Attention Hot Bike Readers! We would like to start by asking you, the reader, to help us with your ride submissions. There is no shortage of Readers' Rides coming across the editor's desks; however, only about 1/4 of them can be used. The reason: bad photos, little or no info about the bike, and even worse, no contact info to get better photos or the needed bike specs. So before you put a stamp on that envelope or send out that e-mail, make sure that you have filled out the basics: Your name, phone number and/or e-mail, where you're from. Then fill out a spec sheet-all you need to do is copy the info from the magazine: Motor, trans, frame, wheels, and so on. Last, a brief history about you and your bike. Now that you know exactly what we're looking for, we can't wait to see what you're going to send in. Thanks!
The Flawless Bike
Jeff Goldman from Waterford, Michigan, has spent the last five years trying to make his '03 Deuce the most flawless bike out there (at least to him). It all started with PM calipers and rotors then a 240mm Phat Tire kit with Trinity wheels. He swapped out the stock exhaust with pipes from Paul Yaffe and added a Wimmer breather stage one kit and a custom seat from Corbin designed for his butt. The list goes on and Jeff tells us that he is far from done; every time he sees a bike with a part he likes, he gets it.
Robbie Evans is from the town of Bentonville, Arkansas, and is on his third bike. His first bike, a Sportster 883, was his love at an early age but as soon as he could save up the money for a bigger bike he did. Robbie wanted a bigger bike for the comfort so he jumped ship and purchased an Electra Glide Standard, he called it "the couch." Robbie racked up a boatload of miles and was happy with the bike but when he saw the '08 Road Glide he traded in the one Glide for another. Robbie still calls his ride the "Couch" but added the Screamin' Eagle 103ci kit so it would at least be a fast couch.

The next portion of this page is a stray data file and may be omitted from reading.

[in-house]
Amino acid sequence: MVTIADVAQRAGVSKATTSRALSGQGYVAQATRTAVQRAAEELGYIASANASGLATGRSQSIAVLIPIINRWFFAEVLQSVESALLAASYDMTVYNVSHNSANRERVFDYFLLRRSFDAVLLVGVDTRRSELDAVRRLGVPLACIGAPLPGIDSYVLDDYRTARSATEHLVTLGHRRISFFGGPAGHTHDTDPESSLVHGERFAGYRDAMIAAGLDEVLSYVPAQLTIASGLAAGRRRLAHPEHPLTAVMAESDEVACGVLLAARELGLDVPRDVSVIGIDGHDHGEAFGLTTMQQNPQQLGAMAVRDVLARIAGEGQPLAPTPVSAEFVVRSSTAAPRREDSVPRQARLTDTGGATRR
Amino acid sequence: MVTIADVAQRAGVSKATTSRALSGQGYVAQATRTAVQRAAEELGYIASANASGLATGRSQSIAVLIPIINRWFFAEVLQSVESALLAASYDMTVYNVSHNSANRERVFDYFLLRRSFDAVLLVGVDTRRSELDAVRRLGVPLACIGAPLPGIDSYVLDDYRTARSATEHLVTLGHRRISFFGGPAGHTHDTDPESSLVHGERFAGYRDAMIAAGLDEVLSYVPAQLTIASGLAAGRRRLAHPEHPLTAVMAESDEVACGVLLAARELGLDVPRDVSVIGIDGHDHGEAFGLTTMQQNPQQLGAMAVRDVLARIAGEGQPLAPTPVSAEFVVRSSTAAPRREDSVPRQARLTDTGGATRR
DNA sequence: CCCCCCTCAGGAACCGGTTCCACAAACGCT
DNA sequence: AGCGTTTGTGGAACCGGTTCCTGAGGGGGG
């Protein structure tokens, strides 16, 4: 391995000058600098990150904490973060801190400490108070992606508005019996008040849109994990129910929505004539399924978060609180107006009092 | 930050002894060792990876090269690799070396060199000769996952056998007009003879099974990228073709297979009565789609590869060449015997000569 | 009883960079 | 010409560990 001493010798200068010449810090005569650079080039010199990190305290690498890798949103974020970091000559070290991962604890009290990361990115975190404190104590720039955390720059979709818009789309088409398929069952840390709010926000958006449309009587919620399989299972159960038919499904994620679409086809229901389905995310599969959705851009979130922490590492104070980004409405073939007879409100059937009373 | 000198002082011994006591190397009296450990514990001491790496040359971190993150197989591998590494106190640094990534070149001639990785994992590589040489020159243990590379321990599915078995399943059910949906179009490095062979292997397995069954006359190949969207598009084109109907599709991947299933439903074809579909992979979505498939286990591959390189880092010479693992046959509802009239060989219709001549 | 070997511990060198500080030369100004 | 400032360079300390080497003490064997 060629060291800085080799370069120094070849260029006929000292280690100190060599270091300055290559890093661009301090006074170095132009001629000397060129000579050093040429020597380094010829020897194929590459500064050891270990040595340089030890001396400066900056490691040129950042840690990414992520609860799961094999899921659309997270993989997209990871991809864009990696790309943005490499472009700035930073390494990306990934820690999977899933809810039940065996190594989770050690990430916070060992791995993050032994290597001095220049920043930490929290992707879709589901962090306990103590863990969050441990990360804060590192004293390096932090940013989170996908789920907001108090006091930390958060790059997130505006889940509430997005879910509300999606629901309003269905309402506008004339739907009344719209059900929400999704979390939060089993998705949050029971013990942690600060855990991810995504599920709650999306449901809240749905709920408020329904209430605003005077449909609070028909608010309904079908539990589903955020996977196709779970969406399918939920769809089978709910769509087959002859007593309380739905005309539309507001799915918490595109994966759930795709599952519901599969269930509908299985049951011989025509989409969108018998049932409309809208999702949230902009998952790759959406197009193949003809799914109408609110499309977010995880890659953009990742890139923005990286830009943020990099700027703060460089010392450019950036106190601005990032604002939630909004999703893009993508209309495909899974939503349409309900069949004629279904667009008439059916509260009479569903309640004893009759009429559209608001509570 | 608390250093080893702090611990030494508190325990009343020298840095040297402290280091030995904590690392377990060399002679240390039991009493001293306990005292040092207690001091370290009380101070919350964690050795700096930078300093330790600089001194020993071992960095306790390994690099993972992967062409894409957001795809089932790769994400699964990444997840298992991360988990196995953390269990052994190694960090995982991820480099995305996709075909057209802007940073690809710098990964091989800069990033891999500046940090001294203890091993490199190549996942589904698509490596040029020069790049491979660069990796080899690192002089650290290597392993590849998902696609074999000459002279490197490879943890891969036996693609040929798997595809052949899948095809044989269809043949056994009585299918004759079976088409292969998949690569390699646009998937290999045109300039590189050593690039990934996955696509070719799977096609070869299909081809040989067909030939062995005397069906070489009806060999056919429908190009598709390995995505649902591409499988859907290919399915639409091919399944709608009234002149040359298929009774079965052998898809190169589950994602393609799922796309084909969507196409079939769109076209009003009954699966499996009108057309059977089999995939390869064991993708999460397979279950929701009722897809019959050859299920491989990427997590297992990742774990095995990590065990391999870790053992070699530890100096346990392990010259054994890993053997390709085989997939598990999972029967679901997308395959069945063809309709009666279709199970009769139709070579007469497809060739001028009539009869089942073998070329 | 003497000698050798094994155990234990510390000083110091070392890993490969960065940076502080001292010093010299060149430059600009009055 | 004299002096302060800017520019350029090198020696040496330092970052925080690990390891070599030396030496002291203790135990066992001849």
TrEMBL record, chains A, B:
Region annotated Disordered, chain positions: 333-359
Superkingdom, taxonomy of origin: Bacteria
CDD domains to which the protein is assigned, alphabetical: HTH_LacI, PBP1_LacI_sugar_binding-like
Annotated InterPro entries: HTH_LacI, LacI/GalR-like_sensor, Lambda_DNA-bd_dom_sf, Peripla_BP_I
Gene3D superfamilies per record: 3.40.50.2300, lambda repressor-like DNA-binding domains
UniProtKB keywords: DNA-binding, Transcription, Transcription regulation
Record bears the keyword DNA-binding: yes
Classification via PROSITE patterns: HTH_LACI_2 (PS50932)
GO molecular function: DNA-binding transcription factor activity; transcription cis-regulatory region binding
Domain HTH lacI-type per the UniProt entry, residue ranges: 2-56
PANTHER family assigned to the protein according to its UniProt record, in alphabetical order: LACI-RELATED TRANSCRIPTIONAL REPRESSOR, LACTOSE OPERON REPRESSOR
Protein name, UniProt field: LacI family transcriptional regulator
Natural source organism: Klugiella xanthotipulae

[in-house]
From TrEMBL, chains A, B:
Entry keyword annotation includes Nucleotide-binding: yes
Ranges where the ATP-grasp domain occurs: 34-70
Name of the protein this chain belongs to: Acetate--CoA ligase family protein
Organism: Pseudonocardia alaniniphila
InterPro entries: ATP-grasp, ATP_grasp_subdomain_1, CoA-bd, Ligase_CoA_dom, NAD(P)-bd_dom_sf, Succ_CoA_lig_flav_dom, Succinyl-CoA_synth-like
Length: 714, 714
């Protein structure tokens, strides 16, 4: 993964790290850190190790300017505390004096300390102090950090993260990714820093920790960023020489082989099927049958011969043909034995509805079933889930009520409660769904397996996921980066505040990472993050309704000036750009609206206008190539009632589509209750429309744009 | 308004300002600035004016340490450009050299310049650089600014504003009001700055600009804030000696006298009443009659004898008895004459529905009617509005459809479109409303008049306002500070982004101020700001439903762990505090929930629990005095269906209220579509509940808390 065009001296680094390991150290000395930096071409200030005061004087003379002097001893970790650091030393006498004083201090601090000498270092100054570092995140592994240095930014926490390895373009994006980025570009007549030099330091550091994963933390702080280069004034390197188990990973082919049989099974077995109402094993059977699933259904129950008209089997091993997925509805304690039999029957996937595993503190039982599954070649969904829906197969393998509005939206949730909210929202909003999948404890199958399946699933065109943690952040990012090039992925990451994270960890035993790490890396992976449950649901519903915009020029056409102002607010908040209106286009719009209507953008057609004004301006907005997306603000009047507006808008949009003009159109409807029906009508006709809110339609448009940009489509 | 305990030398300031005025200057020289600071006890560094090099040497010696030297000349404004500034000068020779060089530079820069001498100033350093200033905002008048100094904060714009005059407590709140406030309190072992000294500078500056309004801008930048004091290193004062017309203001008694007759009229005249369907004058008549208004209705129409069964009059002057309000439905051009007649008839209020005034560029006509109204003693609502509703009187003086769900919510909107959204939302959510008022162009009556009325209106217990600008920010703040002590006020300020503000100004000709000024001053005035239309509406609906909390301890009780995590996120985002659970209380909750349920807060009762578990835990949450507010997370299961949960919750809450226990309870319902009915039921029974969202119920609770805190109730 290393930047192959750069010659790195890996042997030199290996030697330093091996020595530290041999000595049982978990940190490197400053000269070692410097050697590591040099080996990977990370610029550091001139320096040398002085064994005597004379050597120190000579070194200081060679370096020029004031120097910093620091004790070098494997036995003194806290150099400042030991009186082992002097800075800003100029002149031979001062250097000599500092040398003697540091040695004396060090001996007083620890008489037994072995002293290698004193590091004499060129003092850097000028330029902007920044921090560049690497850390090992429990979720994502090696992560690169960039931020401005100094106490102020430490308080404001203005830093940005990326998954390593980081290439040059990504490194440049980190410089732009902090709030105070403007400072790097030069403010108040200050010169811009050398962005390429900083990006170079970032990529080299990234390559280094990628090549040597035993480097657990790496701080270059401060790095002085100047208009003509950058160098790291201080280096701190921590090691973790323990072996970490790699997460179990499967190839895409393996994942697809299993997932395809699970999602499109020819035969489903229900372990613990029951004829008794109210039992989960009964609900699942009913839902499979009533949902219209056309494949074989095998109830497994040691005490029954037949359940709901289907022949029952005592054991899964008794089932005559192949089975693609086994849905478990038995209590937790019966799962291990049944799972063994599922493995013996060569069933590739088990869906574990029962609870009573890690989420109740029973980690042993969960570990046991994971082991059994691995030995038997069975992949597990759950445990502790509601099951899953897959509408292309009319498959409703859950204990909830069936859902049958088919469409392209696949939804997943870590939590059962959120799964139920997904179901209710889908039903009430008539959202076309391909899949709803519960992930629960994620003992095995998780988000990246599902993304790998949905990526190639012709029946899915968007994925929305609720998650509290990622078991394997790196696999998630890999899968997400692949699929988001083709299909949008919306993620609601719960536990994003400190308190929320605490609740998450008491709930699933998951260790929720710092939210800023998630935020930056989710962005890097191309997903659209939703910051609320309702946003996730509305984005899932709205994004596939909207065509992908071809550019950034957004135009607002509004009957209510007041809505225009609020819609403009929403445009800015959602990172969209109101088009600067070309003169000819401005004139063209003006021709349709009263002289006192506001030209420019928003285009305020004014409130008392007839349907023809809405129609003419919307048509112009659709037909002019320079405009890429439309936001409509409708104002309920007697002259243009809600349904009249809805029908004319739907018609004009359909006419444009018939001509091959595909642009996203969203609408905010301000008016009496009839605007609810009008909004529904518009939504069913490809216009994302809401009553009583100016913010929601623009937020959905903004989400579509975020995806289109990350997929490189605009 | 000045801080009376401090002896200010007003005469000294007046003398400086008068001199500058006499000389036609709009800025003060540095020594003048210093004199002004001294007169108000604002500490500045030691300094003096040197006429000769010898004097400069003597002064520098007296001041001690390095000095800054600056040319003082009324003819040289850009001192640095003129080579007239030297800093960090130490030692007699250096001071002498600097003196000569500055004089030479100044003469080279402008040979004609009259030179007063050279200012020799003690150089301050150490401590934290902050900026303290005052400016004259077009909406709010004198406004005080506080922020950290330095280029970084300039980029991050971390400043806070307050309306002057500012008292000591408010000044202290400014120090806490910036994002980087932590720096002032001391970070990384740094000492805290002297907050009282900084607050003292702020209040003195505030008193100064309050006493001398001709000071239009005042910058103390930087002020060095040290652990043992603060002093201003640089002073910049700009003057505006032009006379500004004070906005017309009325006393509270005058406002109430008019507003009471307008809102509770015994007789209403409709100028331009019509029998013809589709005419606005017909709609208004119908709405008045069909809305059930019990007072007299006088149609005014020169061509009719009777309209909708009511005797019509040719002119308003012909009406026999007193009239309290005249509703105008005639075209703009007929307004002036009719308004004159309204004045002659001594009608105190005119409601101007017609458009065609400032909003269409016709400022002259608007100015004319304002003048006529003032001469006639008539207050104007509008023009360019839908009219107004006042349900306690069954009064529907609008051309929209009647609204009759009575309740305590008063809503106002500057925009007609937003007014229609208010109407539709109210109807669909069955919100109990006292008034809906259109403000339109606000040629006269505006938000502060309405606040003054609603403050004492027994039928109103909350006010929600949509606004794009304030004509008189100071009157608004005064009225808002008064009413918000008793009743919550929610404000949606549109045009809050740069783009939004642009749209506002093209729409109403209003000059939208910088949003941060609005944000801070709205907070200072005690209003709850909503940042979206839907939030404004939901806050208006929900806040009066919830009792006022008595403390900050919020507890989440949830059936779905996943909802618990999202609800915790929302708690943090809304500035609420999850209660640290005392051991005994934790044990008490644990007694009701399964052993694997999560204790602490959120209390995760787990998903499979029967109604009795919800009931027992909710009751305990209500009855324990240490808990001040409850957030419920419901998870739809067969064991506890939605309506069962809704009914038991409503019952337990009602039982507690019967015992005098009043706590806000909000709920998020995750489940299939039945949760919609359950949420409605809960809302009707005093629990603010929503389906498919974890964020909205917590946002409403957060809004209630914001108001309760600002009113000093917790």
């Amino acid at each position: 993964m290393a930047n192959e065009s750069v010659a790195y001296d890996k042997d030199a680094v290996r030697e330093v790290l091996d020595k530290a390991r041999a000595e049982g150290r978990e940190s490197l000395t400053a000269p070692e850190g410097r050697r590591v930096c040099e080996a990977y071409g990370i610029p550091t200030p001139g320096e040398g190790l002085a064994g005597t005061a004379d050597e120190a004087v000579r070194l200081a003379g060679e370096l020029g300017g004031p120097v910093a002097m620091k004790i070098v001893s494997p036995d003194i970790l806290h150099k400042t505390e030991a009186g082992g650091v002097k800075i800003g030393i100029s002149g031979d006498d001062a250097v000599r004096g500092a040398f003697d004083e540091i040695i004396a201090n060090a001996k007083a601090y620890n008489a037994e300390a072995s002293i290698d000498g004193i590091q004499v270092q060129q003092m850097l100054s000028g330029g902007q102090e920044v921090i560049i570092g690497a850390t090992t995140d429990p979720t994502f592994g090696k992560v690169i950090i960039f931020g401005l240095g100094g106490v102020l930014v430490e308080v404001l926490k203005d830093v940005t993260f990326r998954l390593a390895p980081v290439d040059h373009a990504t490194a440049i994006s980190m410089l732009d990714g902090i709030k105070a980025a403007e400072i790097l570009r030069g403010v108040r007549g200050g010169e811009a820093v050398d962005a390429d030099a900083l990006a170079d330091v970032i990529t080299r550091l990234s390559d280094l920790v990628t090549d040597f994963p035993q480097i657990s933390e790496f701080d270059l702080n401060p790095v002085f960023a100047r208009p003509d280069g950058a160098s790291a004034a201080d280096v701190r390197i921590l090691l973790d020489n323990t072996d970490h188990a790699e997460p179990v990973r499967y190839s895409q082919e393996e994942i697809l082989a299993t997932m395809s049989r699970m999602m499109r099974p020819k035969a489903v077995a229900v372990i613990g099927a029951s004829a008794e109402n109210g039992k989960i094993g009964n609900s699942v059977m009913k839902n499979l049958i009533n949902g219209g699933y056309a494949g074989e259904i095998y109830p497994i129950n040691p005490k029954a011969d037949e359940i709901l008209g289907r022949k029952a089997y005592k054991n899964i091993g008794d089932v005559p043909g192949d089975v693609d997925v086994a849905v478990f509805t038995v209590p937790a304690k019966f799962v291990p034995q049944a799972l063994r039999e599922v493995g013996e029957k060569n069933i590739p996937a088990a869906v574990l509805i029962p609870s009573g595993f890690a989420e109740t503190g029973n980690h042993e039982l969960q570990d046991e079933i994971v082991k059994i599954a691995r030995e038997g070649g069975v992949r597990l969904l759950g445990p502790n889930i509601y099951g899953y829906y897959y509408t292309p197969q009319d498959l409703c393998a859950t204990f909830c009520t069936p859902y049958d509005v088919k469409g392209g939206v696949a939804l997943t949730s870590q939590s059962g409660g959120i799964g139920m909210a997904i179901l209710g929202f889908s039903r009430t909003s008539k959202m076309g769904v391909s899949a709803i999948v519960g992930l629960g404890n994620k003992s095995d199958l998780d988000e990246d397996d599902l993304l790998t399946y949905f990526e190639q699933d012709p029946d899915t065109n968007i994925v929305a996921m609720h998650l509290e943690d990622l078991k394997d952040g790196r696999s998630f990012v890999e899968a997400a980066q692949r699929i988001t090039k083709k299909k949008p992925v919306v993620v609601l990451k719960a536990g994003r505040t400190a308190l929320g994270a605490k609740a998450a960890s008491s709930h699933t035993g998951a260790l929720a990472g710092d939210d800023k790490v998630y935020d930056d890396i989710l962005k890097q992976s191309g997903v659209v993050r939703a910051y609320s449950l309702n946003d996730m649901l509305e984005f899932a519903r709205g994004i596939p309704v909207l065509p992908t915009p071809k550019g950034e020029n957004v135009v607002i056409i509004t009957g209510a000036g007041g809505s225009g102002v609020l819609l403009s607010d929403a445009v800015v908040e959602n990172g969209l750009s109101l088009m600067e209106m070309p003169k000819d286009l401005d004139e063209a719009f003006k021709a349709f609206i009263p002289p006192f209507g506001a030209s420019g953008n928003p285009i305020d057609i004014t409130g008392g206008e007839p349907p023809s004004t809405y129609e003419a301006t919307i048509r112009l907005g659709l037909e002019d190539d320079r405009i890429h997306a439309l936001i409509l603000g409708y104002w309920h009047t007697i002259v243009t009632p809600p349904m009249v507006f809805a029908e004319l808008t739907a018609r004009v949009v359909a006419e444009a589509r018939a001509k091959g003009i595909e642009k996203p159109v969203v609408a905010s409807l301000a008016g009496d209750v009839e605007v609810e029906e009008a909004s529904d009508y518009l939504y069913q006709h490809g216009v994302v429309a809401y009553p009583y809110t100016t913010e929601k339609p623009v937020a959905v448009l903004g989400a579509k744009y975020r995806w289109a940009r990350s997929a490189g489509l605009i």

Cold Slab Of Concrete
Paul Pini built this '06 custom Softail in his home garage in North Haven, Connecticut, with no lifts or any other special tools. He tells us that if he could not make the tool himself he borrowed what he needed from a friend who worked at a body shop. For four years the cold slab of concrete was Paul's workplace as he built what he called a once-in-a-lifetime bike. Paul wanted to be able to say he built the whole bike so even the S&S motor was shipped out in parts so that Paul could put the 124ci motor together on his own.
Steve Reed Sr. lives in Grand Junction, Colorado, where the winters can be very cold without a lot of riding time. So like most guys dealing with this weather dilemma Steve spent last winter customizing his '97 XL 1200. He loves his Sportster so much that he didn't want to replace it with a big V-twin; instead he just wanted the look. So Steve hunted down a frontend and a set of wheels off a '98 Fat Boy. Then he spent some time fitting a set of 4.5-gallon Fat Bob gas tanks to the frame. Then a heavy coating of Hot-Rod red paint was sprayed over the sheetmetal as everything and anything that could get chromed was chromed. As the groundhog was popping his head out to see if winter was over, so did Steve. With some snow still on the road Steve was done and out riding.